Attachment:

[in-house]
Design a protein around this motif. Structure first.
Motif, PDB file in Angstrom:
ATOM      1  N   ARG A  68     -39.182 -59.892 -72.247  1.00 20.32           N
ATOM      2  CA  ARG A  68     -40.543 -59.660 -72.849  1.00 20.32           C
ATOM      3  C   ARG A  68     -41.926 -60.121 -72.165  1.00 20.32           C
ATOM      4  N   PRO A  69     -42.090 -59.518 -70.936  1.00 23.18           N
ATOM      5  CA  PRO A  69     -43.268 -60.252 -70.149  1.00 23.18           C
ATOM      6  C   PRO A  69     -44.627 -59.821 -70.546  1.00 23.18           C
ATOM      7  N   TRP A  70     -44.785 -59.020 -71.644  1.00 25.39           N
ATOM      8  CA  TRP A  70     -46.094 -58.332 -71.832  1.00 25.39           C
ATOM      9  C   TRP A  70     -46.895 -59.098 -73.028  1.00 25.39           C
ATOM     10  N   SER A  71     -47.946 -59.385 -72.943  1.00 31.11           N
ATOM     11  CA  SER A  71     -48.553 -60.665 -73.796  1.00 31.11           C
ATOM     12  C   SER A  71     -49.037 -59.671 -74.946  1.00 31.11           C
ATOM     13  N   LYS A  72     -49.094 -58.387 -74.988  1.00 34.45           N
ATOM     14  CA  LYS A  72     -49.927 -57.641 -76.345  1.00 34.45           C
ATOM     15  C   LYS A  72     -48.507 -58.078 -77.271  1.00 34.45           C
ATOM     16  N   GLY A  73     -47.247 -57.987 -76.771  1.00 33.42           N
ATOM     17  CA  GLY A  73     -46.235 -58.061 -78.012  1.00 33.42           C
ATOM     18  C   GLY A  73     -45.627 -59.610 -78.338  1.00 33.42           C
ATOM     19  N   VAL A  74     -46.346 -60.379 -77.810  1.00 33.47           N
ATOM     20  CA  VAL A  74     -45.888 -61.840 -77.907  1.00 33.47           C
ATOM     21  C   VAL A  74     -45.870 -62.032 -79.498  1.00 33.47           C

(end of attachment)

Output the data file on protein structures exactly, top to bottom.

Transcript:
[in-house]
Design a protein around this motif. Structure first.
Motif, PDB file in Angstrom:
ATOM      1  N   ARG A  68     -39.182 -59.892 -72.247  1.00 20.32           N
ATOM      2  CA  ARG A  68     -40.543 -59.660 -72.849  1.00 20.32           C
ATOM      3  C   ARG A  68     -41.926 -60.121 -72.165  1.00 20.32           C
ATOM      4  N   PRO A  69     -42.090 -59.518 -70.936  1.00 23.18           N
ATOM      5  CA  PRO A  69     -43.268 -60.252 -70.149  1.00 23.18           C
ATOM      6  C   PRO A  69     -44.627 -59.821 -70.546  1.00 23.18           C
ATOM      7  N   TRP A  70     -44.785 -59.020 -71.644  1.00 25.39           N
ATOM      8  CA  TRP A  70     -46.094 -58.332 -71.832  1.00 25.39           C
ATOM      9  C   TRP A  70     -46.895 -59.098 -73.028  1.00 25.39           C
ATOM     10  N   SER A  71     -47.946 -59.385 -72.943  1.00 31.11           N
ATOM     11  CA  SER A  71     -48.553 -60.665 -73.796  1.00 31.11           C
ATOM     12  C   SER A  71     -49.037 -59.671 -74.946  1.00 31.11           C
ATOM     13  N   LYS A  72     -49.094 -58.387 -74.988  1.00 34.45           N
ATOM     14  CA  LYS A  72     -49.927 -57.641 -76.345  1.00 34.45           C
ATOM     15  C   LYS A  72     -48.507 -58.078 -77.271  1.00 34.45           C
ATOM     16  N   GLY A  73     -47.247 -57.987 -76.771  1.00 33.42           N
ATOM     17  CA  GLY A  73     -46.235 -58.061 -78.012  1.00 33.42           C
ATOM     18  C   GLY A  73     -45.627 -59.610 -78.338  1.00 33.42           C
ATOM     19  N   VAL A  74     -46.346 -60.379 -77.810  1.00 33.47           N
ATOM     20  CA  VAL A  74     -45.888 -61.840 -77.907  1.00 33.47           C
ATOM     21  C   VAL A  74     -45.870 -62.032 -79.498  1.00 33.47           C